I have written about computer lifecycles, external backup drives and online backup systems, destroying old hard drives for home and office users, creating restore disks for disaster recovery and a few other topics of interest; well I think it’s interesting…
Sometimes I get asked why a computer failed and have to do data recovery on the hard drive for the client.
It’s pretty heartbreaking to see a total loss of data on a drive or system and have to refer the data recovery to a more specialized service. Those are expensive.
It’s a tough question to answer as moving parts can wear out, heat can damage components, and a virus can wipe out the drive in seconds.
For the most part, many of my clients have me in for a regular checkup of their computers – anywhere from 1-12 times a year.
Depending on the usage of the computer, such as an office/business where the systems are mission critical and a crashed computer could lead to a loss of business income to a home user who uses it mostly for communication, regular checkups can help determine the state of the computer and help in disaster prevention.
What do I mean by that?
Well, when I do a preventive maintenance checkup, I look for system errors, hard drive status, I check how well the system is running – including browsers – and the most overlooked issue: dust.
No matter where you have your computers in the desert, there will be dust.
Dust can become conductive and destroy motherboards, add in cards and other components.
In the Windows XP days, a client called reporting that a computer in the office smelled like it was burning and smoke was coming out of the box.
Uh-oh…Spaghettio…that’s NOT a good sign…
The client shut the machine down quickly but it was too late. The damage to the video card and the motherboard was done and the system was toast. There were burn marks on the motherboard from the small fire. I have to find those pics one day.
During my forensics – getting the data off of the hard drive and loading it onto the new computer, I noticed the huge buildup of dust in the case.
The dust had gotten so bad that it had become conductive, forming an electrical pathway from the motherboard to the video card and ignited.
Could this have been prevented? YES.
Laptops have even smaller ports for the fans and they can become clogged, increasing the heat in the already small space of the laptop. Although most of the newer laptops have less moving parts – the internal storage is trending towards SSDs – the older ones and some of the more budget friendly choices still have a hard drive that spins.
The heat buildup will shorten the life of the machine. Hard drives fail when they are operated at a higher temperature than what it’s normal range is.
Somewhere I have a pic of a desktop that was literally FILLED with dust. Even I was shocked to see that much accumulation!
Business clients with larger installations of workstations usually have me in at least once a quarter depending on the number of computers and the amount of usage. If there are slow days or days when some of the staff might be out, we schedule the physical cleanup as this involves shutting down workstations, disconnecting them and then blowing out the the dust – it’s a bit time consuming, but worth it for ensuring that the workstations stay up and running!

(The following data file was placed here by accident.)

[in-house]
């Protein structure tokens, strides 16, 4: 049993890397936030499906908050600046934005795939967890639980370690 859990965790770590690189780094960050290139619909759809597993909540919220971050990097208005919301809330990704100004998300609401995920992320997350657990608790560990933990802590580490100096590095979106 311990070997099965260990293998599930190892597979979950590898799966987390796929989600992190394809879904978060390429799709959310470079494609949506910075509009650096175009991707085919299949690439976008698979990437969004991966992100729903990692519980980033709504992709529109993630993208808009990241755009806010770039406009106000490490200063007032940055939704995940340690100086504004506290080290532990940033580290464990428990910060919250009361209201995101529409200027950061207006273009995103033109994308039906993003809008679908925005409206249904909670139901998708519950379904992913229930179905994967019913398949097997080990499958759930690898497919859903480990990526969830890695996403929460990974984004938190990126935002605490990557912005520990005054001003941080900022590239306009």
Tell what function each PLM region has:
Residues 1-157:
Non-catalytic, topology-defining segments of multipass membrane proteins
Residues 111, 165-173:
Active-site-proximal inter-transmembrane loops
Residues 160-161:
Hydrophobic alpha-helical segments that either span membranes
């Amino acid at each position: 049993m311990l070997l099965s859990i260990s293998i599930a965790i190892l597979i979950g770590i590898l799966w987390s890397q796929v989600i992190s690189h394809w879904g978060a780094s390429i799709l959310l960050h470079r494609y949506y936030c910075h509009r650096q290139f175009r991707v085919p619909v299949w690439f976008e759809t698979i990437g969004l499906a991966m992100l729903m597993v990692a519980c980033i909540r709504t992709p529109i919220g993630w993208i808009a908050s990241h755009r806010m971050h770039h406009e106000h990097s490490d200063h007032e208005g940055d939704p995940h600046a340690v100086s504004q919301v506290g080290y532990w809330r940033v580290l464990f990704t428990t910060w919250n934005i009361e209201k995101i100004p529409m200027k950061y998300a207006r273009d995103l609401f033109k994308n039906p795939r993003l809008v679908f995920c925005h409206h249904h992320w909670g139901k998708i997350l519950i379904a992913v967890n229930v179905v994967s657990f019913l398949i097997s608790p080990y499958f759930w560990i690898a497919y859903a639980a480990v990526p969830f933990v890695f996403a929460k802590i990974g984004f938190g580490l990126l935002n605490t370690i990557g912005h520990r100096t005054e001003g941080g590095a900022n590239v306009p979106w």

What do regular checkups do for disaster avoidance? The simple answer: help diminish the loss if one occurs.
When I come to your home or office for a service call, one thing I check for the is presence of a backup routine…are they running? When was the last backup? I also check for potential hardware failure – especially hard drives. If I see that the health of drive is starting to go down, it’s time for that discussion of replacing the drive or the entire computer, depending on the age of the system.
I will suggest backup routines if they are not present – it’s saves thousands when it comes to data recovery or a virus infection.
I also check the status of the antivirus program, the state of the updates and for any of the malware that can be acquired in regular usage. Remember my posts about those “toolbars”?
Browsers are checked for the latest updates, and I can install programs to block ads that can infect computers in a click and I also check them for any redirection malware.
If a client requests, I can also check the status and firmware for routers to ensure that the latest patches are applied.
I strongly recommend that clients have their computers, routers and other devices checked out regularly. Home users with light usage of their laptops or desktops can schedule one to four appointments annually for a regular checkup. During the checkup, many factors are looked at for the health of the computer as I mentioned above. I also like to ensure that your system is being backed up to at minimum a local external hard drive that is replaced annually and a cloud backup – I personally use iDrive and can set that up during the visit.
I can’t prevent a hardware failure. I would be more than human if I could.
BUT, with regular checkups, total disasters can be mitigated.
Are you ready for your computer’s checkup? I can handle that for you!!
Give me a call as the season has started and my schedule gets booked up pretty fast! (760) 550-9496 – Scott